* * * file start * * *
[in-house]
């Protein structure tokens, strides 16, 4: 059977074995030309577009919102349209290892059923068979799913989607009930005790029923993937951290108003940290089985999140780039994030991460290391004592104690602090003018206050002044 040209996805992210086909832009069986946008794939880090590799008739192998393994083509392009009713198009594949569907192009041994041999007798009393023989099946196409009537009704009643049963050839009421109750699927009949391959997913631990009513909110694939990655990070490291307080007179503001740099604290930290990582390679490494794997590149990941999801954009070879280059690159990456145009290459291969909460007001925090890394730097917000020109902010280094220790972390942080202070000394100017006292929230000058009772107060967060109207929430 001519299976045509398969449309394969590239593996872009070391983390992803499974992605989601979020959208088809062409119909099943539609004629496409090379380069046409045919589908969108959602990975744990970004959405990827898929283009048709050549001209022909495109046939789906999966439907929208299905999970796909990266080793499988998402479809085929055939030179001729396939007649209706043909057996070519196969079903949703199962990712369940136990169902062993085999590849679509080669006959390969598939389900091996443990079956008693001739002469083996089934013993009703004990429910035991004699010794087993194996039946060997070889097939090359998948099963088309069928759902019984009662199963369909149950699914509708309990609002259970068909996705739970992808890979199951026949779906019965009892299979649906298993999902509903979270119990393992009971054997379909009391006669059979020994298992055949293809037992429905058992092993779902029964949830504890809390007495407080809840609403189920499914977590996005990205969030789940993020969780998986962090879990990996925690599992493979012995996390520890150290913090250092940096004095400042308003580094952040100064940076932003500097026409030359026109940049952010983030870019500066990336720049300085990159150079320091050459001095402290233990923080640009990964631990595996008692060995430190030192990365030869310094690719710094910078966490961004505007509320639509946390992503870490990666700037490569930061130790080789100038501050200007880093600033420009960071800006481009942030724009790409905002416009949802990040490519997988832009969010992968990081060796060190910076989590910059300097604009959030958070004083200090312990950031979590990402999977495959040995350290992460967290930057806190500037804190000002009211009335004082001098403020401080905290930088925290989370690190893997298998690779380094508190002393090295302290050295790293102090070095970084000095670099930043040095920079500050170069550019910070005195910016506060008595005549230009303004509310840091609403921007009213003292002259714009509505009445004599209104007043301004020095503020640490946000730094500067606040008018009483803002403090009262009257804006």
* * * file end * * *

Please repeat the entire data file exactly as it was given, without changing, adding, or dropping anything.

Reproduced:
[in-house]
């Protein structure tokens, strides 16, 4: 059977074995030309577009919102349209290892059923068979799913989607009930005790029923993937951290108003940290089985999140780039994030991460290391004592104690602090003018206050002044 040209996805992210086909832009069986946008794939880090590799008739192998393994083509392009009713198009594949569907192009041994041999007798009393023989099946196409009537009704009643049963050839009421109750699927009949391959997913631990009513909110694939990655990070490291307080007179503001740099604290930290990582390679490494794997590149990941999801954009070879280059690159990456145009290459291969909460007001925090890394730097917000020109902010280094220790972390942080202070000394100017006292929230000058009772107060967060109207929430 001519299976045509398969449309394969590239593996872009070391983390992803499974992605989601979020959208088809062409119909099943539609004629496409090379380069046409045919589908969108959602990975744990970004959405990827898929283009048709050549001209022909495109046939789906999966439907929208299905999970796909990266080793499988998402479809085929055939030179001729396939007649209706043909057996070519196969079903949703199962990712369940136990169902062993085999590849679509080669006959390969598939389900091996443990079956008693001739002469083996089934013993009703004990429910035991004699010794087993194996039946060997070889097939090359998948099963088309069928759902019984009662199963369909149950699914509708309990609002259970068909996705739970992808890979199951026949779906019965009892299979649906298993999902509903979270119990393992009971054997379909009391006669059979020994298992055949293809037992429905058992092993779902029964949830504890809390007495407080809840609403189920499914977590996005990205969030789940993020969780998986962090879990990996925690599992493979012995996390520890150290913090250092940096004095400042308003580094952040100064940076932003500097026409030359026109940049952010983030870019500066990336720049300085990159150079320091050459001095402290233990923080640009990964631990595996008692060995430190030192990365030869310094690719710094910078966490961004505007509320639509946390992503870490990666700037490569930061130790080789100038501050200007880093600033420009960071800006481009942030724009790409905002416009949802990040490519997988832009969010992968990081060796060190910076989590910059300097604009959030958070004083200090312990950031979590990402999977495959040995350290992460967290930057806190500037804190000002009211009335004082001098403020401080905290930088925290989370690190893997298998690779380094508190002393090295302290050295790293102090070095970084000095670099930043040095920079500050170069550019910070005195910016506060008595005549230009303004509310840091609403921007009213003292002259714009509505009445004599209104007043301004020095503020640490946000730094500067606040008018009483803002403090009262009257804006």